An animal rights group turned over its undercover video footage to USDA showing what the activists claim are clear depictions of inhumane and disturbing treatment of hogs at a Minnesota pork processing plant that supplies Hormel Foods.
Washington, DC-based Compassion Over Killing (COK) uploaded an edited version of the graphic footage to YouTube. In the full footage the group submitted to regulatory officials, COK claims animals can be seen beaten, shocked and improperly stunned. The video also shows what appear to be pigs covered in feces and pus-filled abscesses sent down the slaughtering line. At one moment in the footage, a worker is heard saying, “if USDA is around they could shut us down.”
The facility—Quality Pork Processors (QPP) located in Austin, MN—is one of a few plants in the US that participates in the HACCP-Based Inspection Models Project (HIMP) system. The HIMP system was developed by the Food Safety and Inspection Service (FSIS) to produce a flexible, more efficient and fully integrated meat and poultry inspection system. In contrast with the traditional inspection system, HIMP places more food safety responsibilities on plant personnel with USDA inspectors focusing primarily on carcass and verification system activities. Facilities under this system are then able to operate at higher inspection speeds than others. COK says, these “excessive slaughter line speed force workers to take inhumane shortcuts that lead to extreme suffering for millions of pigs. It also jeopardizes food safety for consumers.”
But USDA doesn’t buy that the faster inspection system should be blamed. According to the Associated Press, USDA Spokesman Adam Tarr said the system is only used when the animals are sorted much further down the line.
Still, USDA says, “the actions depicted in the video under review are appalling and completely unacceptable, and if we can verify the video’s authenticity, we will aggressively investigate the case and take appropriate action.”
QPP reported it has already taken action and disciplined employees as a result of the video and is instituting significant corrective measures.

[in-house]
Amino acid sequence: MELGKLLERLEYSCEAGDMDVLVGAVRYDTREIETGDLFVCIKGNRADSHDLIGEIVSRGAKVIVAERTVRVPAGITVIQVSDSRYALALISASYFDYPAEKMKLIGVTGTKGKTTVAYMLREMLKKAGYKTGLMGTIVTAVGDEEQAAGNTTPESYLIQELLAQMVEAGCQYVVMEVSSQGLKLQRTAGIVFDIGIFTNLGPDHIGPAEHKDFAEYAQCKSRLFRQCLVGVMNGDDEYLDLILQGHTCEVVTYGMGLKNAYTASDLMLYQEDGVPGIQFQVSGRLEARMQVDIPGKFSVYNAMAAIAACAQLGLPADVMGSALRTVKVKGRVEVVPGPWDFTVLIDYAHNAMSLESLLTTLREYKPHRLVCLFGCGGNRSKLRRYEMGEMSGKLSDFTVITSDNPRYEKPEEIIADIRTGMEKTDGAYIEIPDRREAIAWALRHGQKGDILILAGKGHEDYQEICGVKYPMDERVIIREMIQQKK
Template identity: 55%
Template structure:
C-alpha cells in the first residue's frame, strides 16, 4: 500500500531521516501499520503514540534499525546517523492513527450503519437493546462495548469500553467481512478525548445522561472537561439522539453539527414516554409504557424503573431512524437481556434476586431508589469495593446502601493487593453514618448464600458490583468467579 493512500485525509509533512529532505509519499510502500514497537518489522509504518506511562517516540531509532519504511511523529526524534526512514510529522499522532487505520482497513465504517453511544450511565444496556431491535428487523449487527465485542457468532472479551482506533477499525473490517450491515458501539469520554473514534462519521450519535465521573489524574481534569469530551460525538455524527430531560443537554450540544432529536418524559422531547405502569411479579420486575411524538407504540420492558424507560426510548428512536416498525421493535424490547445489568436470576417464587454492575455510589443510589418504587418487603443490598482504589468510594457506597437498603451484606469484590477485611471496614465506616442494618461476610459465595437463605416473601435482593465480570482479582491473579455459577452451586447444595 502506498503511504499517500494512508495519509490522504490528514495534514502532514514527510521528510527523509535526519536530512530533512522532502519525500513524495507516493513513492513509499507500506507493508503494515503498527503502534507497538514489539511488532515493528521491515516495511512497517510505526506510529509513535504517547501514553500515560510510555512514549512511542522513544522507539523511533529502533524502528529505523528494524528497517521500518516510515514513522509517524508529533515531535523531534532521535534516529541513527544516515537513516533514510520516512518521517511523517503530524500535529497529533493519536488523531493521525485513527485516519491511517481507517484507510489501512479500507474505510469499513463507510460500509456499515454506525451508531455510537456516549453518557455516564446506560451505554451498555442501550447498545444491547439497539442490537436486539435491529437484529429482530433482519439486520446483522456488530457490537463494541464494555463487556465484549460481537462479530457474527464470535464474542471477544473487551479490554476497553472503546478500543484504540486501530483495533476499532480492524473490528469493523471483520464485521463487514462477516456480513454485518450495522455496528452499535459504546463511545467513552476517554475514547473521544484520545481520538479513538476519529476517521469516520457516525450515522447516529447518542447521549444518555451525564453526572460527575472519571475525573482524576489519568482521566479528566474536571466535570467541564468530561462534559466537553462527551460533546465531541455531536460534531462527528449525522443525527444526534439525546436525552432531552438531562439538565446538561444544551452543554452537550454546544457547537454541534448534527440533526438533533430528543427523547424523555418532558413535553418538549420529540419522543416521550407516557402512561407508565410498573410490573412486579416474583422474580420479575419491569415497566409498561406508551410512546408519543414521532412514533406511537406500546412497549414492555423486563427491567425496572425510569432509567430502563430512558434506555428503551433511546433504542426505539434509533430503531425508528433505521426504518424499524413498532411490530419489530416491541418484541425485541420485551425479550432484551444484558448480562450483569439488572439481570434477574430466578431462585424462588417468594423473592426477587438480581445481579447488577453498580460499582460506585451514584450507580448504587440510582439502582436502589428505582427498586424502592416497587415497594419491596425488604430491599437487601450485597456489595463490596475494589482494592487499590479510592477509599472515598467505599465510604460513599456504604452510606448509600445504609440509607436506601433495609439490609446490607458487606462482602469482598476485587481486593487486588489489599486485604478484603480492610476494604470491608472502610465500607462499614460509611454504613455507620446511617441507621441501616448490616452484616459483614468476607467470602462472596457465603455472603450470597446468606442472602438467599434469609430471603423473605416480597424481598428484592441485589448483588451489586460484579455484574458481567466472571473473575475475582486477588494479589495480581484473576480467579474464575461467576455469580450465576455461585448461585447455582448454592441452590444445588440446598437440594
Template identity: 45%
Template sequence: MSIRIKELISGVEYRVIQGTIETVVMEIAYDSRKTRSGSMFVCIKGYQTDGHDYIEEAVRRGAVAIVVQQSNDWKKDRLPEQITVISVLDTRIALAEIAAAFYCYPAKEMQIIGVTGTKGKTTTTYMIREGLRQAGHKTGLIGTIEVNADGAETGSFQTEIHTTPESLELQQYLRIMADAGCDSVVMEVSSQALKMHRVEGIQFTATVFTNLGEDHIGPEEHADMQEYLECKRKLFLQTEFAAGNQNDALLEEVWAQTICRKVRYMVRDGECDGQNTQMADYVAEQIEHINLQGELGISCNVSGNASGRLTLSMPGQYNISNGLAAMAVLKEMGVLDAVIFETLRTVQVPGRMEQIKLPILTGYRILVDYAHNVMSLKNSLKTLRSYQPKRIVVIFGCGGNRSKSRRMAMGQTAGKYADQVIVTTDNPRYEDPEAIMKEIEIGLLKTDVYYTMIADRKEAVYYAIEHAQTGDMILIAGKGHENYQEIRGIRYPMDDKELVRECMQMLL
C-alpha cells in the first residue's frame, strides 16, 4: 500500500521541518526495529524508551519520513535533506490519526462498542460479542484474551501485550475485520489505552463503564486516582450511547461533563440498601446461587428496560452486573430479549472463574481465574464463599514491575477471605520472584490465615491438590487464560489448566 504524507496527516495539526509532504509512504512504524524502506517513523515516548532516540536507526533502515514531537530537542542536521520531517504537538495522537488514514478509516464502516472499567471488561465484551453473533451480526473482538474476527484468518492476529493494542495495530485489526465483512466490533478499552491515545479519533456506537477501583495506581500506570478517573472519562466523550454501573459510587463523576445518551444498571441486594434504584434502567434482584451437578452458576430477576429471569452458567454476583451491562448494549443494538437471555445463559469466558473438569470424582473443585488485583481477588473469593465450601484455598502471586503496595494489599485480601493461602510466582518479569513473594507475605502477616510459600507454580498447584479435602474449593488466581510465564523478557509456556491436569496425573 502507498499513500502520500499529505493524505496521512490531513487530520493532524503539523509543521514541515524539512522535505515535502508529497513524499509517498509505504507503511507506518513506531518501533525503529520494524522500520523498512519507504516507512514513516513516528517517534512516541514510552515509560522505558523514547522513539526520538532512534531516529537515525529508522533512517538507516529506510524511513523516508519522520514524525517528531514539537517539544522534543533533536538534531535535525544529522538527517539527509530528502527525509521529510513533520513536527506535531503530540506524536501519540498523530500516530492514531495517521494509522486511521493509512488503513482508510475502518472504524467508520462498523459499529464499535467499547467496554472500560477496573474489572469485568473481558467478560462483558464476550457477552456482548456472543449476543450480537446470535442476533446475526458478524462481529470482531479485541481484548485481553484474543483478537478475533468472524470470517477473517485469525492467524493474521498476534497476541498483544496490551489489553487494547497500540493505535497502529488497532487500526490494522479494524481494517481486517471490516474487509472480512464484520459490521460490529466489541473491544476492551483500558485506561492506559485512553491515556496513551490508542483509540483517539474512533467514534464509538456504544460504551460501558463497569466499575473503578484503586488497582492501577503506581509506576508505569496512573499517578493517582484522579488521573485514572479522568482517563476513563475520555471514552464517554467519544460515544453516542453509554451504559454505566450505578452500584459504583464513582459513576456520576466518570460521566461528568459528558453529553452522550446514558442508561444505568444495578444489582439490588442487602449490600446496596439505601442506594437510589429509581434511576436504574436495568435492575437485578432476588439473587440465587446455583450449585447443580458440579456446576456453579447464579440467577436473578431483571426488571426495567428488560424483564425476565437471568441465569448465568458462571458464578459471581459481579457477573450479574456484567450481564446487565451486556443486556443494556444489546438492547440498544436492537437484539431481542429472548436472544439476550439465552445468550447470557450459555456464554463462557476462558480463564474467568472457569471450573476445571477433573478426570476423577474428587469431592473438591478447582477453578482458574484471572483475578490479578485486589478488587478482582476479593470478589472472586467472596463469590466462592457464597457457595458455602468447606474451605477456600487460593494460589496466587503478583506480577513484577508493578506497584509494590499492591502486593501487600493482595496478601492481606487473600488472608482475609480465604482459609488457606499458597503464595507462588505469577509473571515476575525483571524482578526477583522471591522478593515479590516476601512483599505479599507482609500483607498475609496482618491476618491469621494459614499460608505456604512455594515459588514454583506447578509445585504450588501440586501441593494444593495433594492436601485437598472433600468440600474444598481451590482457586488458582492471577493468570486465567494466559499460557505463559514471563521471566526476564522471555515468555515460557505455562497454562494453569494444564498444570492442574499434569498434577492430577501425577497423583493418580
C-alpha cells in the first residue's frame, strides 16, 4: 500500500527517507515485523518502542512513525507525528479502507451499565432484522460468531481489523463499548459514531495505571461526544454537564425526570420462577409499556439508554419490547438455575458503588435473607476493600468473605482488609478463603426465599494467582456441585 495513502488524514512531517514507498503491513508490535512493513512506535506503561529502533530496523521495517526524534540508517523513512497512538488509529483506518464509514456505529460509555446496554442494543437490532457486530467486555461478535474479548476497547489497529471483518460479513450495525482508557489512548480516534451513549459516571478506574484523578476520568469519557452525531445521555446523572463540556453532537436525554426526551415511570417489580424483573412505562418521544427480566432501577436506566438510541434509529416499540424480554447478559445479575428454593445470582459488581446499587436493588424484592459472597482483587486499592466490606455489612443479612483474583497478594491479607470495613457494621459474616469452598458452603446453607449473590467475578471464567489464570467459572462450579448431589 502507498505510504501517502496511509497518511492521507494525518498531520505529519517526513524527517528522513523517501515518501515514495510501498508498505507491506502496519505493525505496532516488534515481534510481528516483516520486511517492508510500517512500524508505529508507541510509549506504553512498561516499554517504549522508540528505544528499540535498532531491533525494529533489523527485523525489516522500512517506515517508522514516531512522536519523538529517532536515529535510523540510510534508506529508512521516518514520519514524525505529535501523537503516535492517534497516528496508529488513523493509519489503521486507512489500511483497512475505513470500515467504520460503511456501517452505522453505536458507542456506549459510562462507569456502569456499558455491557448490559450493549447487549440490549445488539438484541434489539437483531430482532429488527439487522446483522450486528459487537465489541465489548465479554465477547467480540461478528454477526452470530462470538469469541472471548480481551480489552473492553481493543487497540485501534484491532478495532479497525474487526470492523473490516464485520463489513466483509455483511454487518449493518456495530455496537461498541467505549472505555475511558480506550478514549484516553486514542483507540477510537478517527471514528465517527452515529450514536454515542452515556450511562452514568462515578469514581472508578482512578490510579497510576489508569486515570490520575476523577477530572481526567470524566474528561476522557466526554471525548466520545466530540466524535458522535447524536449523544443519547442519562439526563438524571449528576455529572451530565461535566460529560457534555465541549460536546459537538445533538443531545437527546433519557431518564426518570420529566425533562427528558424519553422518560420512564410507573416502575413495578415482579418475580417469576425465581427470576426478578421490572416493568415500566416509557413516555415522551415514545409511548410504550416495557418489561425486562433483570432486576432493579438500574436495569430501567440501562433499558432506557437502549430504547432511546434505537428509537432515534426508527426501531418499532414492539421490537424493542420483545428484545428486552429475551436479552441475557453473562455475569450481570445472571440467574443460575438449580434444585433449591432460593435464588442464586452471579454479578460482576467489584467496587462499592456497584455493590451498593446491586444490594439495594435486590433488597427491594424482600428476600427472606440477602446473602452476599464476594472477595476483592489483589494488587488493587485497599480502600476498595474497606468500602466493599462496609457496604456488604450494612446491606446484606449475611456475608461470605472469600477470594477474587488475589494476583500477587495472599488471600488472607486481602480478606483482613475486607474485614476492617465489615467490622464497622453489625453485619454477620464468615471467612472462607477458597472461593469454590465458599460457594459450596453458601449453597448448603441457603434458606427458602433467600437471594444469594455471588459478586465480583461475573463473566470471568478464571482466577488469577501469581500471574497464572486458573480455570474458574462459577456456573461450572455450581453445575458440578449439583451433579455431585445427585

“We have reviewed the video and are very disappointed by the actions of some employees,” says Kelly Wadding, president of QPP. “The actions of these few employees don’t represent the collective culture of animal care that our employees exhibit each and every day at QPP. As such, we have taken swift and immediate action to reinforce our high standards and operating procedures in the animal care and welfare areas. We want to assure Hormel Foods and all of its customers that we care about animal welfare, and are committed to taking steps that will bring about positive changes for the industry as a whole. In addition, our Animal Welfare Council is looking at ways to exceed industry standards related to animal welfare and handling,” said Kelly Wadding, president of QPP.”
As a response to the video’s release, QPP says it is taking additional disciplinary action against some employees and will retrain all employees on proper animal handling and employee conduct. The company is also increasing review of its video monitoring and surveillance, increasing third party audits, implementing a confidential tip hotline for employees and placing humane handling officers on the plant floor to observe all animal handling. QPP will also issue a public report on its progress and additional actions in the next 30 days.
Hormel Foods says it has a zero tolerance policy for inhumane treatment of animals and conducts routine audits at all facilities. The company released a statement saying “our suppliers operate under very visible conditions, including third-party video monitoring and the USDA is present during all operations. After reviewing the edited video, we are conducting a review of processes and procedures with QPP and will ensure appropriate actions are taken.”
The footage underwent further scrutiny by the North American Meat Association (NAMI) and noted animal science professor Temple Grandin. After reviewing the video, NAMI and Grandin concluded the animals appear to have been properly stunned and insensible to pain, as required by law.
NAMI acknowledged the footage showed some rough handling of the animals that is unacceptable, but the slaughter process appeared to be working well.
“USDA inspectors are present in all slaughter plants at all times—including plants that operate under HIMP and those inspectors can take actions when they identify violations of food safety or humane handling rules. It is disingenuous to suggest that the HIMP inspection system in any way contributed to this occurrence,” NAMI says. “In addition, USDA officials identified no issues during the time period when this undercover video was shot and the company worked closely with USDA last week when the agency conducted an intensive in-plant review of the company's robust animal welfare programs.”